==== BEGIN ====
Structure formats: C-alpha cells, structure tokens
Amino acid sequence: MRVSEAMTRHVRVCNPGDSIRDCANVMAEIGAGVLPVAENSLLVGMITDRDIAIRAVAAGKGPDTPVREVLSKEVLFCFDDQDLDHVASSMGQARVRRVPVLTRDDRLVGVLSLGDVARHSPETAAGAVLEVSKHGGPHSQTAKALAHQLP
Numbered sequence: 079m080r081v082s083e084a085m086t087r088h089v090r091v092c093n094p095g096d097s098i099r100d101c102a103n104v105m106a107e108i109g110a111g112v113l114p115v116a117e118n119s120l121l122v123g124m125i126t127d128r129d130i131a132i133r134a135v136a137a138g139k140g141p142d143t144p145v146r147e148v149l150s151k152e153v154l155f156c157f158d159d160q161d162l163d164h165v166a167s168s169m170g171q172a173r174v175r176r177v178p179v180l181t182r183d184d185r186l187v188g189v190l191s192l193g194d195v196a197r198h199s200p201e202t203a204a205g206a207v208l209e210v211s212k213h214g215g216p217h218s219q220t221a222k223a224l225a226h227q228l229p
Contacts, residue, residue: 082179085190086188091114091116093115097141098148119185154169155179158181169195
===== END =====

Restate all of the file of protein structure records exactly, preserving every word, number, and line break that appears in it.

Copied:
Structure formats: C-alpha cells, structure tokens
Amino acid sequence: MRVSEAMTRHVRVCNPGDSIRDCANVMAEIGAGVLPVAENSLLVGMITDRDIAIRAVAAGKGPDTPVREVLSKEVLFCFDDQDLDHVASSMGQARVRRVPVLTRDDRLVGVLSLGDVARHSPETAAGAVLEVSKHGGPHSQTAKALAHQLP
Numbered sequence: 079m080r081v082s083e084a085m086t087r088h089v090r091v092c093n094p095g096d097s098i099r100d101c102a103n104v105m106a107e108i109g110a111g112v113l114p115v116a117e118n119s120l121l122v123g124m125i126t127d128r129d130i131a132i133r134a135v136a137a138g139k140g141p142d143t144p145v146r147e148v149l150s151k152e153v154l155f156c157f158d159d160q161d162l163d164h165v166a167s168s169m170g171q172a173r174v175r176r177v178p179v180l181t182r183d184d185r186l187v188g189v190l191s192l193g194d195v196a197r198h199s200p201e202t203a204a205g206a207v208l209e210v211s212k213h214g215g216p217h218s219q220t221a222k223a224l225a226h227q228l229p
Contacts, residue, residue: 082179085190086188091114091116093115097141098148119185154169155179158181169195